Brazil, Argentina set to begin preparations for common currency: FT
Brazil proposes to name the new currency "sur", meaning south.
The Financial Times reported that Brazil and Argentina will declare this week that they would begin preliminary work on a common currency.
The plan, which will be debated at a conference in Buenos Aires this week, will center on how a new currency, which Brazil proposes naming the "sur" (south), may improve regional trade and lessen dependency on the US dollar, according to officials quoted by the Financial Times.
“There will be . . . a decision to start studying the parameters needed for a common currency, which includes everything from fiscal issues to the size of the economy and the role of central banks,” Argentina’s Economy Minister Sergio Massa said as quoted by the Financial Times.
The common currency idea is not new, as politicians from both countries first considered the concept in 2019; however, no work was done in this regard being faced with opposition from Brazil's Central Bank.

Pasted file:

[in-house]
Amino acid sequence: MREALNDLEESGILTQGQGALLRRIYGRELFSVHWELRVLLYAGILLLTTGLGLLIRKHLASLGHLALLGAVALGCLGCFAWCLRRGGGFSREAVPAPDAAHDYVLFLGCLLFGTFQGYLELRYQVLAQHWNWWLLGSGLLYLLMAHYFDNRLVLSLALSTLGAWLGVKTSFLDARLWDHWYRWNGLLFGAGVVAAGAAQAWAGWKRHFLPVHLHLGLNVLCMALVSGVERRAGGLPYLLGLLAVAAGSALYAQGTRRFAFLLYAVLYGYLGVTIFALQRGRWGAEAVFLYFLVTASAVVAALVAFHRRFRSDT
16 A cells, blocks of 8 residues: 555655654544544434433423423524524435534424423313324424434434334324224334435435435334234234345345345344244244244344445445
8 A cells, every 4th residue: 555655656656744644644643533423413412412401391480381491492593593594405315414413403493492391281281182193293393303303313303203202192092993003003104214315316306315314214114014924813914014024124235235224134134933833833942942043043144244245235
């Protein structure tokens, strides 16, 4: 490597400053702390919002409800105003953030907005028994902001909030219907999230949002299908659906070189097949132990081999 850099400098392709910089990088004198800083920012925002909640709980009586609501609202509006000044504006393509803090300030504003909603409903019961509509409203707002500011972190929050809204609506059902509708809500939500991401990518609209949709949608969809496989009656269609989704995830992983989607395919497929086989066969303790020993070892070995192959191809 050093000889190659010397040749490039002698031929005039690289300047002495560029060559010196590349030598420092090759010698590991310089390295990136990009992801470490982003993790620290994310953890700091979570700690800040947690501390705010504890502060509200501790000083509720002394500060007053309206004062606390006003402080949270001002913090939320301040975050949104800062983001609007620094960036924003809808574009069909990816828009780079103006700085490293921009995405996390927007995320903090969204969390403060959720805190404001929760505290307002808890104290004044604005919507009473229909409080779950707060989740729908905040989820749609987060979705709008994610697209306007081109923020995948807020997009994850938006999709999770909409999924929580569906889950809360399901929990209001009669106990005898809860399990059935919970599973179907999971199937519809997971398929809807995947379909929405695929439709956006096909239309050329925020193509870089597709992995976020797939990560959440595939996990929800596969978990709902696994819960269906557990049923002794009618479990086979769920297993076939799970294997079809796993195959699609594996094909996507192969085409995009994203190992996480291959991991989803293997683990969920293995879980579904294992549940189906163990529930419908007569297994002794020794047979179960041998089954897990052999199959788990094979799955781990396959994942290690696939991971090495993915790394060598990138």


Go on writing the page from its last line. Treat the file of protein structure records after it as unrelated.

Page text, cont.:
The proposal, which began as a bilateral effort, would eventually be expanded to invite other Latin American nations, according to the newspaper, which added that an official announcement was expected during Brazilian President Luiz Inacio Lula da Silva's visit to Argentina, which begins on Sunday night.
According to Brazil's Ministry of Foreign Affairs, the meeting between the two presidents is expected to include discussions related to trade, science, technology, and defense.
Since his electoral victory in October, Lula has embarked on a journey to highlight that "Brazil is back".